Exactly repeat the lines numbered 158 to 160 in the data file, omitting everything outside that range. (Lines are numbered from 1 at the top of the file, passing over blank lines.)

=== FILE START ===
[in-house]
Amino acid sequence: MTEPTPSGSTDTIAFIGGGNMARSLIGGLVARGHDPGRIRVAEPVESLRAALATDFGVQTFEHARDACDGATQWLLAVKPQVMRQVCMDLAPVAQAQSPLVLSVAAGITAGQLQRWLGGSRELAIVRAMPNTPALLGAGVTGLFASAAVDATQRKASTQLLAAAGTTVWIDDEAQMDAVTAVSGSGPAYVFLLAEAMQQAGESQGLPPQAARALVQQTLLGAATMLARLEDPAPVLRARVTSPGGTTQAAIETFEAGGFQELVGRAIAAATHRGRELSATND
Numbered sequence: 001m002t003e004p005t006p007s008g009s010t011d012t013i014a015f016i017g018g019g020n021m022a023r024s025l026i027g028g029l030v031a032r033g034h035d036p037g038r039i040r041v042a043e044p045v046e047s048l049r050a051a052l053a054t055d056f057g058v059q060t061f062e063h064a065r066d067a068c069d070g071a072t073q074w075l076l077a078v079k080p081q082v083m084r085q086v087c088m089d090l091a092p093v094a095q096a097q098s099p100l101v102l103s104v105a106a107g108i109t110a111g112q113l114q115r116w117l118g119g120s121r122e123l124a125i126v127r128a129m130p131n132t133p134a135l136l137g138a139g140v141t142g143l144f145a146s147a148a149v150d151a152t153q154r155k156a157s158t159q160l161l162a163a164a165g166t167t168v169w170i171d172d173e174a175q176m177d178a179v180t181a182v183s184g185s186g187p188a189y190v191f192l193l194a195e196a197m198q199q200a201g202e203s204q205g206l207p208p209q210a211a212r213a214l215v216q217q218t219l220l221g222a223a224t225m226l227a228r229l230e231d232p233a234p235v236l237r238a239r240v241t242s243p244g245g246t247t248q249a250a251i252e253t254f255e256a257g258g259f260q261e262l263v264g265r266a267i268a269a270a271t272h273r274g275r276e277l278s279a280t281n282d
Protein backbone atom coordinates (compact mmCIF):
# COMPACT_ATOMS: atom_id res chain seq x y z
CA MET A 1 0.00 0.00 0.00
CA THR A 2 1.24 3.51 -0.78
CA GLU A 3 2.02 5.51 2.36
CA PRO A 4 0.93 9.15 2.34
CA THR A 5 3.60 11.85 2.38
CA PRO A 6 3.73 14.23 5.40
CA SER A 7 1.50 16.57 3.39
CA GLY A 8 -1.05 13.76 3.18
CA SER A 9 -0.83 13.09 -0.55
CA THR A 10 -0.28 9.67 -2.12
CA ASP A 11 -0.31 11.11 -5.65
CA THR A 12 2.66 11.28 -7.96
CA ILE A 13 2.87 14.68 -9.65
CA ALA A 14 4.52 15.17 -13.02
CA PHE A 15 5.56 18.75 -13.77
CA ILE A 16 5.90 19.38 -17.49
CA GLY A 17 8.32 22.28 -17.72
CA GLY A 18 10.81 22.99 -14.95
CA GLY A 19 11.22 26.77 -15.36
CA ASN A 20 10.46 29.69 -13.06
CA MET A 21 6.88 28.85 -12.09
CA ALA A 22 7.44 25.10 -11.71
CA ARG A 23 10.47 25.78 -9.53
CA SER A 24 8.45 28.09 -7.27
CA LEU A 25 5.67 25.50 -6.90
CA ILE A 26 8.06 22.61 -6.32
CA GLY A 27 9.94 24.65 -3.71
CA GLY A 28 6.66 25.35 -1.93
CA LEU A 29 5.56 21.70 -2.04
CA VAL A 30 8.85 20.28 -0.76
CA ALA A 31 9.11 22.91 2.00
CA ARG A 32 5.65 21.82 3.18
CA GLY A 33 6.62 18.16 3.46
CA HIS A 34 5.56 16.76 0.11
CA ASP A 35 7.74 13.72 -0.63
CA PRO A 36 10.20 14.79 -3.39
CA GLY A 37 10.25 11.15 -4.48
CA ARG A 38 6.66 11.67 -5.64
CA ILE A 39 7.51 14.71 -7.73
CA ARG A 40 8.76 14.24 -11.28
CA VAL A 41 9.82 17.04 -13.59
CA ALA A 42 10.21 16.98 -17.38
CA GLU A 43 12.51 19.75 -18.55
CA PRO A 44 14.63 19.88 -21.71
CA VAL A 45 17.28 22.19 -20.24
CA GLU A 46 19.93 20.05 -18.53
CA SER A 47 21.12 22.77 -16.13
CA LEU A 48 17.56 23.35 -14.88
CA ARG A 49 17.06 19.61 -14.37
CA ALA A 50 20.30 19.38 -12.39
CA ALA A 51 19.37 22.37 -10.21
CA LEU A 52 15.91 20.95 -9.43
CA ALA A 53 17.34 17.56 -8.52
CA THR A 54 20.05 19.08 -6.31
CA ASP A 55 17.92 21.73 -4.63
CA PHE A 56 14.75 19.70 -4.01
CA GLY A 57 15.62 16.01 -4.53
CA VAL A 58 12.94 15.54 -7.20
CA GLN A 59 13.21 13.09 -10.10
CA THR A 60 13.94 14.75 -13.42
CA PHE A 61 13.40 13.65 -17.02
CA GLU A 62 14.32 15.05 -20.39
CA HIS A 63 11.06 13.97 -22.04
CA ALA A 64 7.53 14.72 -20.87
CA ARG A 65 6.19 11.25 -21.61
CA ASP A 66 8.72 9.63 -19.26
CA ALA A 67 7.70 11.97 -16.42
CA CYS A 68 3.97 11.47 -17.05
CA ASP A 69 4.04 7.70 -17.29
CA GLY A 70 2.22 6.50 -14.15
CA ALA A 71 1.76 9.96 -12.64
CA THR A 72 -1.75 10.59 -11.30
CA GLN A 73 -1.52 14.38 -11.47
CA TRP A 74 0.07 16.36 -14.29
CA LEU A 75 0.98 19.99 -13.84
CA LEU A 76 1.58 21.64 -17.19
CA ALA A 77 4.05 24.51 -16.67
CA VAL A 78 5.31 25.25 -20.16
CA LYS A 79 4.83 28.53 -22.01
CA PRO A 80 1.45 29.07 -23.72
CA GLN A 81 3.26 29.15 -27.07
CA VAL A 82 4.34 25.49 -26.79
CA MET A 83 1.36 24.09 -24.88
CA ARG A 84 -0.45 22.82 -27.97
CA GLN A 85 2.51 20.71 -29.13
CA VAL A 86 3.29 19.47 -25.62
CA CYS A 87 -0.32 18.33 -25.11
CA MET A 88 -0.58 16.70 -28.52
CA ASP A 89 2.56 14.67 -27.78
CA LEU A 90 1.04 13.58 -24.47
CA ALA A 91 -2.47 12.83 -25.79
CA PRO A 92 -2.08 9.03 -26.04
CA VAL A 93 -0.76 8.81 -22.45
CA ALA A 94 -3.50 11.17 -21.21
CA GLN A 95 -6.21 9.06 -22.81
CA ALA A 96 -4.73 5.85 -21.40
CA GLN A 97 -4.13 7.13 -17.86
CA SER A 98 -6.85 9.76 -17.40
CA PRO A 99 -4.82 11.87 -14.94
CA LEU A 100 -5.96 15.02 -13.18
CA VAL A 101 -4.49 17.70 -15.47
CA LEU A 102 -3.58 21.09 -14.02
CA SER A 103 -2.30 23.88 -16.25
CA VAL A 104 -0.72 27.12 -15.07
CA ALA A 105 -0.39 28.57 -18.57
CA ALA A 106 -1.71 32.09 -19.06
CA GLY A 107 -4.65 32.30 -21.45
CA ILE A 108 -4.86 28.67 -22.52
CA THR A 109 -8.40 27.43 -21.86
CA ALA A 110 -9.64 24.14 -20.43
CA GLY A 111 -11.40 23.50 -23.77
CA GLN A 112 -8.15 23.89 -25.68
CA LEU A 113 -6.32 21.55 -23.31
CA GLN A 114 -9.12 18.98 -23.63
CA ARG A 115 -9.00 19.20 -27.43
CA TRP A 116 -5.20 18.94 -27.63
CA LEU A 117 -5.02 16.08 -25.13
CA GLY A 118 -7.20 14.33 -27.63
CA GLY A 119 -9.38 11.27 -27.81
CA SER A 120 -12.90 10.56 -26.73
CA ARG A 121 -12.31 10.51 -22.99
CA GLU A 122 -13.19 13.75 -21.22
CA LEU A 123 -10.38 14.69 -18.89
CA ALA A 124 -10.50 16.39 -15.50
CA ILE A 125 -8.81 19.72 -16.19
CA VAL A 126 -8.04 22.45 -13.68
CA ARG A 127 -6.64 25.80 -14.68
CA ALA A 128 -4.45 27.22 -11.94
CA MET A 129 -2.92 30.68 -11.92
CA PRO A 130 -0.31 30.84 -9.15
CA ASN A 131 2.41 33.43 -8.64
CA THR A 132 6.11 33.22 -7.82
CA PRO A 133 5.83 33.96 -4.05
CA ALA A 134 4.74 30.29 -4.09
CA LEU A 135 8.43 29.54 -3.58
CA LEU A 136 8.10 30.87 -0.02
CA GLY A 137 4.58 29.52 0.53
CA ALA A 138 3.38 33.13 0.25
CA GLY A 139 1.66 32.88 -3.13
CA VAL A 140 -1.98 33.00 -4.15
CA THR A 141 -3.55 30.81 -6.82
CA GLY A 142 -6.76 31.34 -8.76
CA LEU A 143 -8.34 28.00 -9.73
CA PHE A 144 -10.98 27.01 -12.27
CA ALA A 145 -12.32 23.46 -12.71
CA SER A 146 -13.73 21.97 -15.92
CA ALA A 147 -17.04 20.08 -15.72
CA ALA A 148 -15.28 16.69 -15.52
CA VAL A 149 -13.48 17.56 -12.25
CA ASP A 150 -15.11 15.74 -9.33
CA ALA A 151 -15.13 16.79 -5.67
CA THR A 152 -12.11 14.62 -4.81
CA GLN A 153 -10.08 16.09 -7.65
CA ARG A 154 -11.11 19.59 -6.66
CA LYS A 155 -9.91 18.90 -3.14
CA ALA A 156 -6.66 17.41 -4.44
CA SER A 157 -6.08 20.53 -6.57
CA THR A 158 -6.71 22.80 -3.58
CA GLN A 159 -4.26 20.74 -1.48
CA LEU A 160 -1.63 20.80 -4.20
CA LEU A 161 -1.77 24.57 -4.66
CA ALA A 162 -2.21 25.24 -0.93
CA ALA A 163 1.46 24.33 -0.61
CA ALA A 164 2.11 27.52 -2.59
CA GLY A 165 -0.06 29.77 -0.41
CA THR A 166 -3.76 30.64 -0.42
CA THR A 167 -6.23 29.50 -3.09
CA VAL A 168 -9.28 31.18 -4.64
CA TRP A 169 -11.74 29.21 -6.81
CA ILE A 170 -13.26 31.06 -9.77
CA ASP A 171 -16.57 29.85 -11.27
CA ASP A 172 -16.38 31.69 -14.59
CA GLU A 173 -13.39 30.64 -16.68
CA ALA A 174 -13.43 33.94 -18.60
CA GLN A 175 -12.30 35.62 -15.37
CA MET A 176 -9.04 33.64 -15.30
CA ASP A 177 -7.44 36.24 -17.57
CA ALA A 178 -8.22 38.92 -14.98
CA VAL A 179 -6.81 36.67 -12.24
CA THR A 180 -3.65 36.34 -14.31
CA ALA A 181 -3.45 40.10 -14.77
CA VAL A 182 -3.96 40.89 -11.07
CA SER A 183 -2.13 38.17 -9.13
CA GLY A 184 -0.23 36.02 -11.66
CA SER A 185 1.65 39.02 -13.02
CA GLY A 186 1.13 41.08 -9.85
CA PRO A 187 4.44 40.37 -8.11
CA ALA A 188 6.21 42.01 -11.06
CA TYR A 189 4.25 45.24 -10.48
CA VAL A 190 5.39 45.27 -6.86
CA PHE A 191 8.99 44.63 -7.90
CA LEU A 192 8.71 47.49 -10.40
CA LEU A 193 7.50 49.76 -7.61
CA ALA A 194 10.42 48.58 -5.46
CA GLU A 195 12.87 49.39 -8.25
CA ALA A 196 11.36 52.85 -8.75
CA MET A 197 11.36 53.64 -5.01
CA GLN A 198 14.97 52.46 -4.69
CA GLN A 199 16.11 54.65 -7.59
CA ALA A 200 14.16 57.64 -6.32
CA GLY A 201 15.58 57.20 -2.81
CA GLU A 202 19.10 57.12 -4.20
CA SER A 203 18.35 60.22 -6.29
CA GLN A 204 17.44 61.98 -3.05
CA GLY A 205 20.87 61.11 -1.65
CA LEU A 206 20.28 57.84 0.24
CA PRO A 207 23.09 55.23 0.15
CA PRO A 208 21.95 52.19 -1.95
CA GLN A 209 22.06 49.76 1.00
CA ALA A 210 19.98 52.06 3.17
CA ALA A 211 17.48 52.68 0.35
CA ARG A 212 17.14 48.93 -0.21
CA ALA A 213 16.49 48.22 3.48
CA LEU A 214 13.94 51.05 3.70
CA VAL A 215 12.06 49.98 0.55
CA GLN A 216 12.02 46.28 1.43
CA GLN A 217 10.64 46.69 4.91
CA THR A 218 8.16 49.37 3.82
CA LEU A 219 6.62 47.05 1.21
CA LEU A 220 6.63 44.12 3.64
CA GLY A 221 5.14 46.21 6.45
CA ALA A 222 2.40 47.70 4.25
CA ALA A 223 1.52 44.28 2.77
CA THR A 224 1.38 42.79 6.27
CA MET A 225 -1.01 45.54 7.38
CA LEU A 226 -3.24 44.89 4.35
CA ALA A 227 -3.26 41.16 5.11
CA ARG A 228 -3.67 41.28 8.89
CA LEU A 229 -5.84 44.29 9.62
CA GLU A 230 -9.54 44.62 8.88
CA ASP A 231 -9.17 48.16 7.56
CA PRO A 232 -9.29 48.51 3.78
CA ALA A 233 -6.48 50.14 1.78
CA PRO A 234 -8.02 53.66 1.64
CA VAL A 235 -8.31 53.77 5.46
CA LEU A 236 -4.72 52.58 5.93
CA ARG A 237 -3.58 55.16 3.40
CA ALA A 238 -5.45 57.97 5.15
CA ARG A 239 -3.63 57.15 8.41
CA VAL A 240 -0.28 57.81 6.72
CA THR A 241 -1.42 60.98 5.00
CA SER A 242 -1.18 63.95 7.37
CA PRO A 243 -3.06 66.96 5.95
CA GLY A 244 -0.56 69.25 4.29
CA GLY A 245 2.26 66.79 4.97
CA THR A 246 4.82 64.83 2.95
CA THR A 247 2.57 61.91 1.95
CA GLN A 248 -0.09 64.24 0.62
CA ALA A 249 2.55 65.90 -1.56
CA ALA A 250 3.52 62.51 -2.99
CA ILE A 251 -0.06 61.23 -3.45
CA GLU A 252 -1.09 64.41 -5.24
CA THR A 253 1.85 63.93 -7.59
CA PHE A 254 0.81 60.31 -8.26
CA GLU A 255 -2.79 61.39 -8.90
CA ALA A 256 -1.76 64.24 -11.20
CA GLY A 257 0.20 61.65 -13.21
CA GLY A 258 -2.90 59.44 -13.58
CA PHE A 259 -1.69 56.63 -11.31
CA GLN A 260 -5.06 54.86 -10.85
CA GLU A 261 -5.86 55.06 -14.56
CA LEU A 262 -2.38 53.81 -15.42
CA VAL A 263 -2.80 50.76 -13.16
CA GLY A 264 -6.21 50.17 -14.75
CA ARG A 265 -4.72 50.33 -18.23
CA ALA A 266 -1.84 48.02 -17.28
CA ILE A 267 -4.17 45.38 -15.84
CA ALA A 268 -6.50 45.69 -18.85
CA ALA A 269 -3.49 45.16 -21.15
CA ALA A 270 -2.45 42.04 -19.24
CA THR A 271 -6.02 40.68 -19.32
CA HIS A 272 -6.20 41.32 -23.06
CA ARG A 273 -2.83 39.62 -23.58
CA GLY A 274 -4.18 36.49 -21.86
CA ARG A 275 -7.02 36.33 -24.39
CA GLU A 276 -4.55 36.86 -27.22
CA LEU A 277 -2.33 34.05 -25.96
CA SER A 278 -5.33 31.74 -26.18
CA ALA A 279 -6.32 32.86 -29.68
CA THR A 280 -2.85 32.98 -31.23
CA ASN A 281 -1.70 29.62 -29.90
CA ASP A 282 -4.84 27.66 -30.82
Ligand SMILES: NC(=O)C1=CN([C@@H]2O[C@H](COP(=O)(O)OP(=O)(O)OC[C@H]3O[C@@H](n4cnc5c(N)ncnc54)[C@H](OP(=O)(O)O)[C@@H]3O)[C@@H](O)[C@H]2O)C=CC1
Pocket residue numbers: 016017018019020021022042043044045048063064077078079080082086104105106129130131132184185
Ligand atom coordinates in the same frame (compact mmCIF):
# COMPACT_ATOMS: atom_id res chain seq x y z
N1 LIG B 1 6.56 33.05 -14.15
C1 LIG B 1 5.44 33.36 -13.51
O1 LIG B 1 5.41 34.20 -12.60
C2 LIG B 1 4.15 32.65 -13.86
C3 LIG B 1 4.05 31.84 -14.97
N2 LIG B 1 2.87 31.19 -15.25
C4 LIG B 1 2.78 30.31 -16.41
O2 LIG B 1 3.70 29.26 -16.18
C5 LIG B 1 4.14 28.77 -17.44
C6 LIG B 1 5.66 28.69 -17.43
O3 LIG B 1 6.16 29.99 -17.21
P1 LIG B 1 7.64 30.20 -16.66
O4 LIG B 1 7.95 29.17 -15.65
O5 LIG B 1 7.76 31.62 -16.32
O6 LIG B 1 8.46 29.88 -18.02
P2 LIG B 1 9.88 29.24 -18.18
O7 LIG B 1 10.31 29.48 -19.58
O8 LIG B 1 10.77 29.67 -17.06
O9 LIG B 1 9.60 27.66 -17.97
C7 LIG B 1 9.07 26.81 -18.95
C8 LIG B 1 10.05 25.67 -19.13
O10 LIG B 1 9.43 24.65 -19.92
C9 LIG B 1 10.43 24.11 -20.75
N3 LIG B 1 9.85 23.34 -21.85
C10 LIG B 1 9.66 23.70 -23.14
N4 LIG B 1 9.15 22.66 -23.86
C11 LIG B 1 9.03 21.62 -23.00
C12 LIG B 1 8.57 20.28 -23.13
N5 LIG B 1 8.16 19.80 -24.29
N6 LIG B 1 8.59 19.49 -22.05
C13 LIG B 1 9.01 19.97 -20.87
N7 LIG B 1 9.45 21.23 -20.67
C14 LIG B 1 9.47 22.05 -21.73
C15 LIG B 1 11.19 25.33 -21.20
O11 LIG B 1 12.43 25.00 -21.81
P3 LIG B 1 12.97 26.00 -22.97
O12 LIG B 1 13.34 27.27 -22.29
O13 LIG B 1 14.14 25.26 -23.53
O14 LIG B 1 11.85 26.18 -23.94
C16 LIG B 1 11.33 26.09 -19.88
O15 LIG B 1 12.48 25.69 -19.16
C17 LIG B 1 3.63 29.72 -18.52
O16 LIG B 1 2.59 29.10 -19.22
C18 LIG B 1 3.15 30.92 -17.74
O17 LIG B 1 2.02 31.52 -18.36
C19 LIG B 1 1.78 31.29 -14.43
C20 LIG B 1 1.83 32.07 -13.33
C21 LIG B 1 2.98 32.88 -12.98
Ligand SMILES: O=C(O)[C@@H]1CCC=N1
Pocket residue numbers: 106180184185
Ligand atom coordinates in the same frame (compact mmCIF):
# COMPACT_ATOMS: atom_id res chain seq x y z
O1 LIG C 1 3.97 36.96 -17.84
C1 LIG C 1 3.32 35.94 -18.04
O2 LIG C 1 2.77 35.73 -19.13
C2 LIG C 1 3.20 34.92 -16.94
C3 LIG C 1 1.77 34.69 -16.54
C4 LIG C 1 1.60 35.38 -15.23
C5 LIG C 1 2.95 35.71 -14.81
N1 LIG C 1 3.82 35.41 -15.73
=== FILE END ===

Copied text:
CA GLN A 153 -10.08 16.09 -7.65
CA ARG A 154 -11.11 19.59 -6.66
CA LYS A 155 -9.91 18.90 -3.14